California finds itself concerned with a new exotic pest about six times each year, according to the University of California Cooperative Extension, the community outreach arm of the University’s Division of Agriculture and Natural Resources. Whether a plant, insect or pathogen, these foreign “hitchhikers” are without the natural enemies that keep them under control in their native territories, thus they have the capacity to wreak havoc on our agricultural, native and urban environments, not to mention your garden.
The bagrada bug (Bagrada hilaris) is one of these invaders. A native of Africa, this nasty little bug was first sighted in California in Los Angeles in 2008, and is slowly marching northward.
The shield-shaped bagrada bug is a relative of the much-larger brown marmorated stink bug. But because of its distinctive black color with orange and white marking, it is sometimes confused with the harlequin bug, a common American species. But bagrada is much smaller, only about ¼-inch long, and has subtle white markings that the harlequin lacks. Eggs, laid singly or in clusters, are barrel shaped, initially white and turning orange to red right before hatching. Newly molted nymphs of all stages are orange to red with legs, head and thorax that quickly darken to black. Don’t confuse these young bagrada bugs with beneficial lady bugs.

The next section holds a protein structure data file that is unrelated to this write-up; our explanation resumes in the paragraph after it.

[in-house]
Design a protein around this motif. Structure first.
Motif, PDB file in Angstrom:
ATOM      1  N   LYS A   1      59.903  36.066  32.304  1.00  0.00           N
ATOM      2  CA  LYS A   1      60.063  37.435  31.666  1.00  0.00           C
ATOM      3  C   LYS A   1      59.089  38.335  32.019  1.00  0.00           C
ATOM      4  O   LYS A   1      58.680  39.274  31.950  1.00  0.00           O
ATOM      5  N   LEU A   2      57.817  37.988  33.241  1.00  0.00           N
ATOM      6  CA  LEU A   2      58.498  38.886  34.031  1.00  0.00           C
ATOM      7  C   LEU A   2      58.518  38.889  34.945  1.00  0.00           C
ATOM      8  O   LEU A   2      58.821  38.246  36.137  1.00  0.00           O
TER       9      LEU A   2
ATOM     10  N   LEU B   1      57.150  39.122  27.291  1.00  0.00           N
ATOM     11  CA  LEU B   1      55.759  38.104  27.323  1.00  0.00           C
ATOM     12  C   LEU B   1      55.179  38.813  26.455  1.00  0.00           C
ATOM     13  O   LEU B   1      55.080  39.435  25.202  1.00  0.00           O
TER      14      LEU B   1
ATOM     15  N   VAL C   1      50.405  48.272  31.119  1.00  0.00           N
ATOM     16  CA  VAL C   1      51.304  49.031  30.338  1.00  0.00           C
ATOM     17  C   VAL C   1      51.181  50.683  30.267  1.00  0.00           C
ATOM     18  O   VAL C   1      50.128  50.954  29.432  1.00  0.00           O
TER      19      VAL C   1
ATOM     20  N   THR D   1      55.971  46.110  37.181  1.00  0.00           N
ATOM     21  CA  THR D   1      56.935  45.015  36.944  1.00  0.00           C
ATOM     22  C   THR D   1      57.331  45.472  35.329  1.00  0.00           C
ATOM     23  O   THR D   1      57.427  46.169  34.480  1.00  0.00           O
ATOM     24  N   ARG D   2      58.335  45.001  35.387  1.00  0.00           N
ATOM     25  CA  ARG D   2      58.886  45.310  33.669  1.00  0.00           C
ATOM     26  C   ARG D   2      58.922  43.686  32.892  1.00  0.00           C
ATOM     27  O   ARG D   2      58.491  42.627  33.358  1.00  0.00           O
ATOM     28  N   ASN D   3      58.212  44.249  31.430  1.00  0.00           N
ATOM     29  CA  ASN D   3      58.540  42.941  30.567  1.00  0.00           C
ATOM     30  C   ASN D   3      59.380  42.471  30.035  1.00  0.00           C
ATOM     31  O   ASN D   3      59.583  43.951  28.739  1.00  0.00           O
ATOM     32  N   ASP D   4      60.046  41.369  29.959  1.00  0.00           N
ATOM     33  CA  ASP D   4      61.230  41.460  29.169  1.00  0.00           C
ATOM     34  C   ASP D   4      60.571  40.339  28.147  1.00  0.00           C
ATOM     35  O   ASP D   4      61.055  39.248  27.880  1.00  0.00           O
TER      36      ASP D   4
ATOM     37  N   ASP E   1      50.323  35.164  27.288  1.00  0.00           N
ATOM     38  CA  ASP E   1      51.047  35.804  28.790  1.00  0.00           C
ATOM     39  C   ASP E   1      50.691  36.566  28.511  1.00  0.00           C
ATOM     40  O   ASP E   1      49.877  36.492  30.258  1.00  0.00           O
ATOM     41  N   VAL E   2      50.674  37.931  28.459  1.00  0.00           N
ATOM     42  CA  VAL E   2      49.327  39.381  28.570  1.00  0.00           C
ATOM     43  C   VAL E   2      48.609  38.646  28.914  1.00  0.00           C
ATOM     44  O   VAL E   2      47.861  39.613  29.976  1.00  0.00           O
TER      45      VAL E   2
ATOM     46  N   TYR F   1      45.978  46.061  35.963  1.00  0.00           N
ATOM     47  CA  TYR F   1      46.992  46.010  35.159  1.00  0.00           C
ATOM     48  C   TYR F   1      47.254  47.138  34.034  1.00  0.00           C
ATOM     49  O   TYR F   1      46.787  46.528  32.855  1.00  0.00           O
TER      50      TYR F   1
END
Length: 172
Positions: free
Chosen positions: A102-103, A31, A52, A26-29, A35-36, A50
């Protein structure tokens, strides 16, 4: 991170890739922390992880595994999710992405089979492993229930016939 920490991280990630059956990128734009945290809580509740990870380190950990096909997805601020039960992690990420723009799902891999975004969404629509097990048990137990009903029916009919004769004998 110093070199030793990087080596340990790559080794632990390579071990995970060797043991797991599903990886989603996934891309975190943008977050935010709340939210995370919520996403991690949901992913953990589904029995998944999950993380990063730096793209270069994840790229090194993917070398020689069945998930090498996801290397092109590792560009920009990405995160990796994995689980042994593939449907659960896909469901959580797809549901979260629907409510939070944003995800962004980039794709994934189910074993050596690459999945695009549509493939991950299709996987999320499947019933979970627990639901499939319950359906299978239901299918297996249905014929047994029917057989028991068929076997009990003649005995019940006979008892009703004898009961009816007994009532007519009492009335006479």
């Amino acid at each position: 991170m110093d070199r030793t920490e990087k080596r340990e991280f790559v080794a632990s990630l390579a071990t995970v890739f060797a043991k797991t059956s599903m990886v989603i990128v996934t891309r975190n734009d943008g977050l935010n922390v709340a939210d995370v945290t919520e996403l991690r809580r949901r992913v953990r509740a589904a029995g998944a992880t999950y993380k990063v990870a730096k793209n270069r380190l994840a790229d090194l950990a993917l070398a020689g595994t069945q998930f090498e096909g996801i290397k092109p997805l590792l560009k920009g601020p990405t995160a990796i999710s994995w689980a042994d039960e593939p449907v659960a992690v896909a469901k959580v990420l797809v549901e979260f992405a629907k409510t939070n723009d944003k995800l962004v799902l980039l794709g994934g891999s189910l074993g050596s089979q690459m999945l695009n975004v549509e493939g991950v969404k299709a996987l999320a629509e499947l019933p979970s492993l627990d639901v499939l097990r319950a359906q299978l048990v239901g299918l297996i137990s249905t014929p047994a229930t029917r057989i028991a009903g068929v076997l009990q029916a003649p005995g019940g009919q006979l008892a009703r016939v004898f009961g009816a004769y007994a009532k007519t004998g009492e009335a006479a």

The bagrada bug loves edibles in the mustard (Brassicaceae) family, such as cabbage, cauliflower, broccoli, Brussels sprouts, radishes, rutabaga and kale, but it will also feed on related ornamentals such as stock, sweet alyssum and nasturtiums, as well as grasses and weeds such as wild mustard and Bermuda grass. These insects have needle-like mouth parts that they insert into plant tissues, inject digestive enzymes and suck the juices. They go after leaves, stems, flowers and seeds, particularly damaging small plants and killing seedlings.
The bagrada bug overwinters in the adult stage and lays eggs in the spring through early fall. They may shelter indoors during colder weather. Outside, begin to watch for bagrada bugs and their nymphs when temperatures reach 75 degrees. It’s best to monitor for these insects in the morning, after a day where temperatures have reached 85 degrees, as you may actually see them grouped together close to the bottom of the plant near or on the soil. The damage can be easier to spot than the insects themselves. Look for light green star-shaped lesions that bleach out over time.
It may be inevitable that the bagrada bug will invade Marin, and early detection is so far the best weapon in the arsenal of defenses. Closely inspect susceptible plants and their containers prior to purchase, transportation or planting. A good time to inspect is right after watering when pests hiding in the space between the potting mix and the sides of the container may be flushed out and more easily detected. Try shaking your plant over a tray or sheet of paper and see what falls out. And look for those tell-tale lesions.
According to UC’s Center for Invasive Species Research, as of last October, bagrada bugs have yet to be seen in Marin in any significant numbers, but they have impacted 22 other California counties, some close by. So Marin needs to be on the lookout.
If you suspect you have found a bagrada bug, place it in a sealed jar, note where and when you collected it and bring it to the Master Gardener Help Desk at the UC Cooperative Extension office, 1682 Novato Blvd. Suite 150B in Novato, or the Department of Agriculture, Weights and Measures office next door.
For more information on the bagrada bug and what can be done to control it, check out UC’s Integrated Pest Management website at www.ipm.ucdavis.edu.